In 2014, ECS and Toyota Research Institute of North America came together to establish the ECS Toyota Young Investigator Fellowship to support young researchers working in green energy technology. The partnership between ECS and Toyota aims to leverage the Society’s network of researchers, awarding fellowship winners a minimum of $50,000 to pursue novel research over a one year period.
“We try to give folks the opportunity to do research that is a little more outside of the box,” said Paul Fanson, manager of Toyota’s North American Research Strategy Office, “where they might have difficulty getting funding somewhere else.”
As this year winds down and the 2016-2017 fellows come to the tail end of the research period, fellowship winners Elizabeth Biddinger, City College of New York; Joaquin Rodriguez Lopez, University of Illinois at Urbana-Champaign; and Joshua Snyder, Drexel University recently took their work to Toyota’s site in Ann Arbor, Michigan, to report their findings, connect with industry researchers, and explore opportunities that extend beyond the funding time period.
(MORE: Listen to our podcast with Elizabeth Biddinger on green energy technology.)
During the visit, each fellow delivered a presentation to the entire Toyota division, discussing the overall scope of the research before participating in breakout sessions, where the winners met with specific research groups that are more directly connected to their topical areas.
“We like to bring all the winners together at one time to our site here in Michigan,” Fanson said. “It’s a way to wrap up the one year program and we also use it as a networking opportunity.”
In addition to presenting their work to potential industrial collaborators, the fellows were able to learn about some of the research being developed at Toyota, connecting fundamental work to applied research.
“We hope that by showing the fellows some of the work that’s being done internally at Toyota, we can build a deeper relationship with the faculty going forward,” Fanson said. “I view this whole program as a kind of conversation starter.”
For Rodriguez Lopez, who presented his work, “Achieving the Ultimate Performance of Fuel Cell Electrocatalysts via Programmable Electronic Control of Surface Reactivity,” the trip to Toyota allowed for an opportunity to highlight his exciting research findings developed throughout the year as well as receive feedback and advice for moving forward in the work.
“The interactions that we had at Toyota were so different than the interactions that we normally have with academics,” Rodriguez Lopez said. “People that work in industry, specifically at the Toyota site, are trying some really interesting ideas, so they have very specific questions about our approach. I think that significantly raises the level of discussion.”
Over the one year fellowship period, Rodriguez Lopez and his team worked on developing a new analytical platform that allows them to take a closer look at electrocatalysts. This work is beneficial on a fundamental level, but also extends to look at oxygen reduction reactions, which are key reactions behind several technologies such as fuel cells and metal air batteries.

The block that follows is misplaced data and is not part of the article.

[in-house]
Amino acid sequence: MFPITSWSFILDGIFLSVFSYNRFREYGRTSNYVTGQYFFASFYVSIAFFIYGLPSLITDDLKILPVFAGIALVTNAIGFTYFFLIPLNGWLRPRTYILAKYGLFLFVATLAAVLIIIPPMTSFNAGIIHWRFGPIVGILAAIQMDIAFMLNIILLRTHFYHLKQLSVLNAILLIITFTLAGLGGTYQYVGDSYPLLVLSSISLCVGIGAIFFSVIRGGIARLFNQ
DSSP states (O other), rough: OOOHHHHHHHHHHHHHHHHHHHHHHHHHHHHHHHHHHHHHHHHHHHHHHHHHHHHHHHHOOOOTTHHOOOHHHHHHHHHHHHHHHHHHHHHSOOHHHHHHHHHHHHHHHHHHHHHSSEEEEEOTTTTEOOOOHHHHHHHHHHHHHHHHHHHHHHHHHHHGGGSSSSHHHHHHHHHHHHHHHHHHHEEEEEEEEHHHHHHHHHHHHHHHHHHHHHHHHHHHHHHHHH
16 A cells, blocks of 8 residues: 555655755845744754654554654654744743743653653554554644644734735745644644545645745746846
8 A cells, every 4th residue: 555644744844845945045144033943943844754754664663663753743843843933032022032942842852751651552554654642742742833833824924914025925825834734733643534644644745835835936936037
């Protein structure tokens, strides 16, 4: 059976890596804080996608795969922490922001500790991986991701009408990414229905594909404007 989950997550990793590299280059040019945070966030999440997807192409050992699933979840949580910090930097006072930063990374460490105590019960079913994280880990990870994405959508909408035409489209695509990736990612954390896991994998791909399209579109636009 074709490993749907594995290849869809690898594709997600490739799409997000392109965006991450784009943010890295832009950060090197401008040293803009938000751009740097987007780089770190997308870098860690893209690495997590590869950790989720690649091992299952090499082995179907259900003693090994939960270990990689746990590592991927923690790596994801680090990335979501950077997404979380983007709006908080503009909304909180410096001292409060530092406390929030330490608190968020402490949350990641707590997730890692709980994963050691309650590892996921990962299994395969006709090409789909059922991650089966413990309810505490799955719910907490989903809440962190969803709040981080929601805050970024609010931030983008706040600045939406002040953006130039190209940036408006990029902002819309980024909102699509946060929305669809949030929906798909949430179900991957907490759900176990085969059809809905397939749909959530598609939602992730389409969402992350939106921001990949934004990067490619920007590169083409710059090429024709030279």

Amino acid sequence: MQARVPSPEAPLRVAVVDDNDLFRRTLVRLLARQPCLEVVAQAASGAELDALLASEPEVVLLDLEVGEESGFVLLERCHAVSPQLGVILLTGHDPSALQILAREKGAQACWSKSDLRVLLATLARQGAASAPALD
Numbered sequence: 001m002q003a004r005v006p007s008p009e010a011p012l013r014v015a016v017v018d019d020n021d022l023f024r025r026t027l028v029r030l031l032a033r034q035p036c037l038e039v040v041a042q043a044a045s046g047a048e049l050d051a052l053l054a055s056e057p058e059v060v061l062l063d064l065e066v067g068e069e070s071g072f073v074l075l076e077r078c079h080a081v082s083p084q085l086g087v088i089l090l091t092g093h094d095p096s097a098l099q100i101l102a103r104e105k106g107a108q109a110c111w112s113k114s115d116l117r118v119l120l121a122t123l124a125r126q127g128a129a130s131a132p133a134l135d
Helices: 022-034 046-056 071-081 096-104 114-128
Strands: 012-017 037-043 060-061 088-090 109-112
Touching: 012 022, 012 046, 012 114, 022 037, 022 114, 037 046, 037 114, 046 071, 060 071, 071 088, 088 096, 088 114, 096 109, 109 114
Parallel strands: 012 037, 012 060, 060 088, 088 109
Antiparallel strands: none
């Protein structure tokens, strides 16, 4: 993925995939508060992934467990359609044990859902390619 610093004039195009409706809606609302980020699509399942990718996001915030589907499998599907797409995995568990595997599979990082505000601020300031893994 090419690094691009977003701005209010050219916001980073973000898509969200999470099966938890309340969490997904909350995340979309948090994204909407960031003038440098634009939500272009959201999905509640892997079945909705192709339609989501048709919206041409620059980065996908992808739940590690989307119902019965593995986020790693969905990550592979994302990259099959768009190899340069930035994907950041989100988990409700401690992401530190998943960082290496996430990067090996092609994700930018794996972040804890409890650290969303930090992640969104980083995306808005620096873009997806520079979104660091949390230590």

According to Rodriguez Lopez, working with Toyota helped his research team broaden their perspective beyond the fundamental nature of the research, allowing them to think outside the box and look at much larger implications.
“Perhaps our research could actually work into developing a fuel cell,” Rodriguez Lopez says. “That really got us thinking about not only constructing a platform that we can use in the lab, but even potentially how we can scale it and make this into a larger technology.”
While the one year research period is winding down for the 2016-2017 winners of the ECS Toyota Young Investigator Fellowship, the doors of opportunity are just beginning to open. Fanson hopes that this fellowship will allow Toyota to connect with young researchers working on exciting technology, with the potential for relationships to last long into the future. As for researchers like Rodriguez Lopez, he and his team hope to continue the work that grew out of this fellowship and to extend industry connections with partners like Toyota.
“This has been a special opportunity for me,” Rodriguez Lopez said. “I think the ECS Toyota Young Investigator Fellowship is a great opportunity to put out less conventional ideas. Even though the approach we’re taking is high risk, in one year, with the support of the fellowship, we were able to make an incredible amount of progress.”
As the fellowship continues to grow, with the third generation of winners named in June of 2017, Rodriguez Lopez believes its impact will continue to grow, bolstering the careers of young investigators and providing a platform for innovative research that address some of the world’s most critical issues.
“In 10 or 20 years I’d like to be able to look back at list of people who have benefited from this program and have done some incredibly good science and say, ‘Look, I’m part of the second generation that won that award,’” Rodriguez Lopez said. “In 20 years, maybe I will look back at this proposal and realize how much impact it had on my long-term career, and I will be able to pinpoint that this program is what made the difference.”